One important thing that falls under search intent is “Content Angle”. A content angle is often depicted in the titles of blog posts as the benefit of why someone should click and read the article.
For example, let’s search for “how to make pancakes?”. The results are shown below.
You can see in the image above that there are different angles in different posts such as Fluffy pancakes, Easy pancakes, and Basic pancakes.
Generally speaking, you don’t want to stray too far from the angle that the top 10 results are taking, but note that angles will vary from topic to topic.
Just to show you how important this step is, let’s type “Mobile friendly test” into Google.
Immediately you’ll see that the search results are dominated by online tools to check the mobile-friendliness of a website.
If you don’t have a similar page on your website, you probably shouldn’t target the keyword because your chances of ranking will be slim to none.
Step #3 Write a data-driven outline
If you are looking for an answer to the question “how to write a blog post”, then a data-driven outline is a must. A data-driven outline of your entire post might sound strange, but hear me out. A page doesn’t rank for just one keyword.
In fact, studies show that on average, the #1 ranking page also ranks for nearly a thousand other keywords.
So when you are creating your outline, it will pay to know which other keywords you can include in your posts. Creating an outline makes sure that you are covering the important topics and also helps you to write your post fast and efficiently.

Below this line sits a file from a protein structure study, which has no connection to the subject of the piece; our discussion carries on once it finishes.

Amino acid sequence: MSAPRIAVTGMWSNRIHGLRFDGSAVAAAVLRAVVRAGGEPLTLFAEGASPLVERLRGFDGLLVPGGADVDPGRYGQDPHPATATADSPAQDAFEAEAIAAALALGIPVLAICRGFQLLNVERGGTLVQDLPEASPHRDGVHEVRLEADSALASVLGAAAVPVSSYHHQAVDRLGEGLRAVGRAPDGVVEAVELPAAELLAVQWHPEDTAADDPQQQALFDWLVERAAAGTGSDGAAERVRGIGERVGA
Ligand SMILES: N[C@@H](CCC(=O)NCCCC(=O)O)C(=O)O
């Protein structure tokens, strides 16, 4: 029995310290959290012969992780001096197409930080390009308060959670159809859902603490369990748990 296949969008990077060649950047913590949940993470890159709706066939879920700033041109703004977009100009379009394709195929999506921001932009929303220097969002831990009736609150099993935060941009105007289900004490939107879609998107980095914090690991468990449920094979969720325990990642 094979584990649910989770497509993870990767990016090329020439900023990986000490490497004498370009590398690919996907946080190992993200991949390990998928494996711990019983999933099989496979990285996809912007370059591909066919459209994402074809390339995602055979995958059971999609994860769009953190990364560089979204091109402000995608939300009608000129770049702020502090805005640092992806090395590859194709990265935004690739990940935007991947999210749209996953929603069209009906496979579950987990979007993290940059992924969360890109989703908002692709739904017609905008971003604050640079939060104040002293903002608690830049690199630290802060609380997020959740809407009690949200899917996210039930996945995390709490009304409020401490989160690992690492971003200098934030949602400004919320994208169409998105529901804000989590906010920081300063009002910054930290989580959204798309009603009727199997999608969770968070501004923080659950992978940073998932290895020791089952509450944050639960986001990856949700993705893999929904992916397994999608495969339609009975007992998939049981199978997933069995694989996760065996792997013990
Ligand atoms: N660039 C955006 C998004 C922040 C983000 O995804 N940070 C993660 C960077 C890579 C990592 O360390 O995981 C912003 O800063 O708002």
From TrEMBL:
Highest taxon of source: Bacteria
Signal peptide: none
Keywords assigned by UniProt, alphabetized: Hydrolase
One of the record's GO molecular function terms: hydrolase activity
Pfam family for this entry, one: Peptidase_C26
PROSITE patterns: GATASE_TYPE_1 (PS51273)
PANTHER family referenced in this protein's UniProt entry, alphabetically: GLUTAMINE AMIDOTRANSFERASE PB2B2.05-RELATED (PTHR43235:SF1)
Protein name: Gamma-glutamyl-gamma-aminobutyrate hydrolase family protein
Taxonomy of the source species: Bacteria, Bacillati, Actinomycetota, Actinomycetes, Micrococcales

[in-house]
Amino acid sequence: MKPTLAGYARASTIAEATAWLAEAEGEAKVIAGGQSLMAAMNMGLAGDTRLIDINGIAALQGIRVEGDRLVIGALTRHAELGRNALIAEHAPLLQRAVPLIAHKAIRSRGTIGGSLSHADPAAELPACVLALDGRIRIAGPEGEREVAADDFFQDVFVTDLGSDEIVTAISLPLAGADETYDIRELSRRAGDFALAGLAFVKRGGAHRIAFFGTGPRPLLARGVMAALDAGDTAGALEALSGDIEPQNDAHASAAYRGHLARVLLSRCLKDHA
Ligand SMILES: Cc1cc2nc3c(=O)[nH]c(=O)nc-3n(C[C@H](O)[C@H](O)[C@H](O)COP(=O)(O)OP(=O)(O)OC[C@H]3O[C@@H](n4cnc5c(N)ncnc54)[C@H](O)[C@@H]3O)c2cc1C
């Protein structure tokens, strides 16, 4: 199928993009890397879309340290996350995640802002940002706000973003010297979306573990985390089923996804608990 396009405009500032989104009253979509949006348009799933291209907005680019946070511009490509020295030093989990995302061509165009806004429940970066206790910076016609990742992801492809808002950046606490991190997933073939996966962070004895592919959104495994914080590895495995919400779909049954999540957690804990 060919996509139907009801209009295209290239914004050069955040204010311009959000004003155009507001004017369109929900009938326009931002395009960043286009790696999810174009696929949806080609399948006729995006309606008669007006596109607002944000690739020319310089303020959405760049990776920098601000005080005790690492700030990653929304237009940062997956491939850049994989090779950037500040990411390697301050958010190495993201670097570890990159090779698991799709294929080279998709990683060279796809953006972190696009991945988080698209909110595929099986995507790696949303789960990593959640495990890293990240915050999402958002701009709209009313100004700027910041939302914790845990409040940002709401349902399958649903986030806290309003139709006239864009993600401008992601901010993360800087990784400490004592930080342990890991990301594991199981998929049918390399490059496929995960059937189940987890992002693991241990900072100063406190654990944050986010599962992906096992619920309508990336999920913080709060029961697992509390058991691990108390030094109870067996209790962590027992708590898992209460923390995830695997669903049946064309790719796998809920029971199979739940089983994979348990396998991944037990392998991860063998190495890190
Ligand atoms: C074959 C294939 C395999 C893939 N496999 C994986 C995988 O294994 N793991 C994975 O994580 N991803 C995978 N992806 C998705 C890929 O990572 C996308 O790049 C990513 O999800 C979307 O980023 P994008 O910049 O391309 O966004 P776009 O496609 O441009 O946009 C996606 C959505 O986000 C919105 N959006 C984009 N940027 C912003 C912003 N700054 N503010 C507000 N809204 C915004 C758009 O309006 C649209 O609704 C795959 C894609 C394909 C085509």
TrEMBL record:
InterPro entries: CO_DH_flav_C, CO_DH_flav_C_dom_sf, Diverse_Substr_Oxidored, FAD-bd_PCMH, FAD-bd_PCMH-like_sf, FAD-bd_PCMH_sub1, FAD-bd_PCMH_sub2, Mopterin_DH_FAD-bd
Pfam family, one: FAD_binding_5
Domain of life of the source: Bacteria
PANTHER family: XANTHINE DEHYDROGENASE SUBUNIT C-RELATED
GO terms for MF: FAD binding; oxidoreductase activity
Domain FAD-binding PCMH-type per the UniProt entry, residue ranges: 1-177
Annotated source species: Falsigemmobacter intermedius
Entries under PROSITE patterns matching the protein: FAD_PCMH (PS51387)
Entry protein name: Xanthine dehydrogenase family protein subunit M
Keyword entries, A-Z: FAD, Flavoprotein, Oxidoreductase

Just search for your keyword in SEMrush Keyword Magic Tool and look for different topics about your niche. Let’s take the example of “how to make pancakes” again.
When I searched for it, I got a lot of interesting topics like “how to make pancakes mix”, “how to make pancake batter”, “how to make pancakes without baking powder”, and “how to make pancakes fluffy”.
Now you don’t want to stuff these keywords in your posts without making sense. Rather think of these keywords as subtopics.
You can also use them to solidify the angle you want to choose for your post. So your outline can look like this (below)
See how I have included the important keywords in subtopics. Also, make sure to add bullet points below each subtopic so that you stay on track while you actually write the post.
Step #4 Write your first draft
Now, the purpose of this step isn’t to write a perfect blog post that everyone’s going to love. It’s to get your thoughts on screen and into full sentences.
To write a blog post isn’t something you can finish off in one go. You need to make a draft first.
If you have created a detailed outline, it’s just a matter of looking at your bullet points and making them flow together.
This is the trick I use that works particularly well for me.
You set a 25-minute timer and a goal you want to achieve in that time.
For example, my average typing speed is around 110 words per minute. But since blogging requires more critical thinking than just typing, I’ll set my goal to 20% efficiency. So this translated into around 550 words every 25 minutes.